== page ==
2015 Final: Chennai Super Kings v/s Mumbai Indians
No, this isn’t the first qualifier at Wankhede. This isn’t the 2013 Final or the 2010 Final between these two teams. This is yet another chapter in the rivalry of the two strongest T20 teams in India. CSK, led by Dhoni, and MI, led by Rohit, will face off for their third T20 Final. At the Mecca of Asian Cricket – Eden.
Mumbai Indians: Their path to the final has been relatively complicated. They didn’t touch the top 4 till their final game of the group stages. Because of some rain luck, and SRH collapsing, MI finished second in the group, after losing their first 4 games of the season. This isn’t the first time they’ve done a come-from-behind knockout run. This will be their third final. They then proceeded to defeat table toppers CSK at home in the first qualifier, forcing CSK to play an extra game against RCB to reach the finals. CSK did their job, and now it’s upto MI to stop them. Interestingly, back in 2013, MI lost the qualifier to CSK, and then faced them again in the final. They won the game with a stellar bowling effort, and their first title. Could CSK execute the reverse on them? MI look well balanced, thanks to the arrival of Simmons and Parthiv at the top. Youngsters like Pandya and Suchith have been stepping up, and they have won 8 off their last 9 T20 games. They are in form, led by Rohit, who is yet to score big after his 98* in the opening game of the season against KKR at Eden Gardens—which is incidentally his favorite venue, because he has scored his only T20 century here, as well as his record-shattering 264 against Sri Lanka. He loves this ground, and he wants to make sure his team wins their first game here this season. His 98 went in vain when MI lost to KKR in the beginning. But they’re back stronger,better and with Pollard and Malinga firing again.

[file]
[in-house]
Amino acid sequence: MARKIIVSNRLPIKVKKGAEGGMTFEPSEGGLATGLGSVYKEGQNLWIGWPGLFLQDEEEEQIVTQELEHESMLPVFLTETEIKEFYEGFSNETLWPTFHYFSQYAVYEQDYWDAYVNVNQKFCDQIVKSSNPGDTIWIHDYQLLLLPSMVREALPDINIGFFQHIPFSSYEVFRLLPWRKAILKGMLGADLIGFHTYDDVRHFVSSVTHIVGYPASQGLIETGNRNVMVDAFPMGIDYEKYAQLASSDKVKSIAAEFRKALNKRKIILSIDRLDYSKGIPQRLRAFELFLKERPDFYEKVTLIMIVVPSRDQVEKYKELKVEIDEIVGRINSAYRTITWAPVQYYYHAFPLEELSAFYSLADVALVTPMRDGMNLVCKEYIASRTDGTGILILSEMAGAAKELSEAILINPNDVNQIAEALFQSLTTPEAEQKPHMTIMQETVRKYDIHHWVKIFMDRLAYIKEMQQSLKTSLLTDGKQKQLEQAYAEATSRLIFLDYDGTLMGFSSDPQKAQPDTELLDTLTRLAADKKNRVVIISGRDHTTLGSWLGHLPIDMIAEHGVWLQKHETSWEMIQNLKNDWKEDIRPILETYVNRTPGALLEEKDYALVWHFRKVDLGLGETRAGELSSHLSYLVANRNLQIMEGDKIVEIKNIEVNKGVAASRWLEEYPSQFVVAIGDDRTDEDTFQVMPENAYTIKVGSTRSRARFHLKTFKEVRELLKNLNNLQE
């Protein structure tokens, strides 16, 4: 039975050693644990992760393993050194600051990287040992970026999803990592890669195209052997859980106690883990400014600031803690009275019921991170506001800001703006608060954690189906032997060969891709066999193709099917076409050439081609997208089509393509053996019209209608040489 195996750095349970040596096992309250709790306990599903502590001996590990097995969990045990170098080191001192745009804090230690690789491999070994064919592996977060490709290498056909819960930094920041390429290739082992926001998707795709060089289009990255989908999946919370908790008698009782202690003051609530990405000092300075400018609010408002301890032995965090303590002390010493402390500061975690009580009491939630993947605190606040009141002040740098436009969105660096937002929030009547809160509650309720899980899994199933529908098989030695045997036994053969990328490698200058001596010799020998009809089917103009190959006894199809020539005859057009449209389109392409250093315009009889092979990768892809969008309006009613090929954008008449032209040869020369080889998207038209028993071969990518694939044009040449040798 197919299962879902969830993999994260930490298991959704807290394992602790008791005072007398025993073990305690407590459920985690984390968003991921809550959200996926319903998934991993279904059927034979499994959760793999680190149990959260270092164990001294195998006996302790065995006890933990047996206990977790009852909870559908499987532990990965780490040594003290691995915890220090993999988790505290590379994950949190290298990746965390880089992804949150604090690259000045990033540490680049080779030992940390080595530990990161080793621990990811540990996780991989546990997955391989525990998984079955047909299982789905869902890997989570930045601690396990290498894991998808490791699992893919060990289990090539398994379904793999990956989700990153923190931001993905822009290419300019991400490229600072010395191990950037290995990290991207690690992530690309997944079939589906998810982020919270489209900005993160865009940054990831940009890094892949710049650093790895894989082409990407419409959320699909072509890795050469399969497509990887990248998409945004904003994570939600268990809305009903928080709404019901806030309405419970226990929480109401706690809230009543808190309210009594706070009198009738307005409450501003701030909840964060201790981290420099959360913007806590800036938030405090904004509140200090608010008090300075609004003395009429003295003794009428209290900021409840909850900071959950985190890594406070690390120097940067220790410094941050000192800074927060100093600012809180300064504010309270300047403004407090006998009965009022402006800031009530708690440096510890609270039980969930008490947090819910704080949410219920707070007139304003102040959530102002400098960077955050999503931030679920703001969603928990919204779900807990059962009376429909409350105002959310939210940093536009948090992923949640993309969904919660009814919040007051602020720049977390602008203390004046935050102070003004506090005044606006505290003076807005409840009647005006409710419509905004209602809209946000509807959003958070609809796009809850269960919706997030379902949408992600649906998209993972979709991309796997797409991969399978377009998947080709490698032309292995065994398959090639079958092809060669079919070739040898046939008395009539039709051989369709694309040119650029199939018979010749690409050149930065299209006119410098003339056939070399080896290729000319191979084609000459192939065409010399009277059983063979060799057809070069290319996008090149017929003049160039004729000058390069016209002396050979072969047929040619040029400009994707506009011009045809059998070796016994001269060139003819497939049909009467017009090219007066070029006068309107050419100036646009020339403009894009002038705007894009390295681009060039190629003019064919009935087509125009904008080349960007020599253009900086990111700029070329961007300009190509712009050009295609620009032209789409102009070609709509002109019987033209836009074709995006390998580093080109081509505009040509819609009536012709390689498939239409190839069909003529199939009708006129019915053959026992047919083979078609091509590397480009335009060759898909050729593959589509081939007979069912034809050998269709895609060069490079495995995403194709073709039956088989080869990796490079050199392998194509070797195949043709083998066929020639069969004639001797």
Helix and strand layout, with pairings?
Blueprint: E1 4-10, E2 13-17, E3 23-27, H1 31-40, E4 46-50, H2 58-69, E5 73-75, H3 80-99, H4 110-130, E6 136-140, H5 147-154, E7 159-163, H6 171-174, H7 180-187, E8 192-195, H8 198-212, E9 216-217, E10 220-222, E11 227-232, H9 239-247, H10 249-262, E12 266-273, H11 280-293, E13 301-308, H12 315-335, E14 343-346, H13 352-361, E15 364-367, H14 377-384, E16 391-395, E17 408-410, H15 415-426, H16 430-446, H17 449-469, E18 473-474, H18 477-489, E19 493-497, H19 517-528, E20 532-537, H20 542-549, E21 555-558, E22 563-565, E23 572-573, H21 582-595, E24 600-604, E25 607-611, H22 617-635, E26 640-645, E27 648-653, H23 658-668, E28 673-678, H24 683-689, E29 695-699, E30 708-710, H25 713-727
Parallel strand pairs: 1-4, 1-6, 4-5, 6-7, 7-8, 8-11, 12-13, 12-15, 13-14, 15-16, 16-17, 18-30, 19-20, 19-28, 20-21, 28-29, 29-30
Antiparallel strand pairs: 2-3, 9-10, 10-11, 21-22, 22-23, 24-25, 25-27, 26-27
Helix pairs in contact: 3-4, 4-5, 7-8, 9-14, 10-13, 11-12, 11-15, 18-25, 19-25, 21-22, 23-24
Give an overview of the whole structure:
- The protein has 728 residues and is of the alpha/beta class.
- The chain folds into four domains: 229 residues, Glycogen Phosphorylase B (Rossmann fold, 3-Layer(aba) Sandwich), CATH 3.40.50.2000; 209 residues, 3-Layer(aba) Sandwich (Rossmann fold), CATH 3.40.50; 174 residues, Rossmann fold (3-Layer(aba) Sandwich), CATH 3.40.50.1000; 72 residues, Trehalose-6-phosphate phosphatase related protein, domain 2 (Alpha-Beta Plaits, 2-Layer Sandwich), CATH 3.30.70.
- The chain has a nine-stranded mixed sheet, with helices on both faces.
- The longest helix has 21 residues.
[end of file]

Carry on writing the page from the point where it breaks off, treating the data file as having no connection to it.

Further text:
Chennai Super Kings: For once, they finished top of the table, and didn’t have to sneak through. They then lost to MI disappointingly, but went on to win against the in-form RCB at Ranchi, MSD’s home. The script was perfect, because they now have a second shot at defeating MI in the same week. MI has always been a bogey team for them (11-10 over CSK), and both of them have the highest win-loss ratios in this tournament. It’s fascinating that CSK’s batting hasn’t fired yet at all, except for McCullum’s pyrotechnics early on. Smith has failed repeatedly, as has Raina. Faf has promised, but not delivered. Dhoni hasn’t looked his old self. Somehow, they have managed to produce the best bowling and fielding unit in the tournament. They have the first and second highest wicket takers in Bravo and Nehra—one who does his job at the end, and one who makes in-roads in the first few overs. They have a battery of spinners, all of whom will come handy on a turning Eden pitch. Ashwin has been the best and most economical, while Negi and Jadeja have supported him in spurts. All they need now is for Michael Hussey to carry his good form from the RCB game into this one, and hope for one of Smith or Raina to fire. It’s about time. And this could be the best time.
Prediction: CSK look the favorites on a turning pitch with four spinners. But MI have Harbhajan, who isn’t to be overlooked in big matches. If MI win, they will join CSK and KKR as the two-time Champions of this tournament. If CSK win, they will become the only three-time Champion, second to none.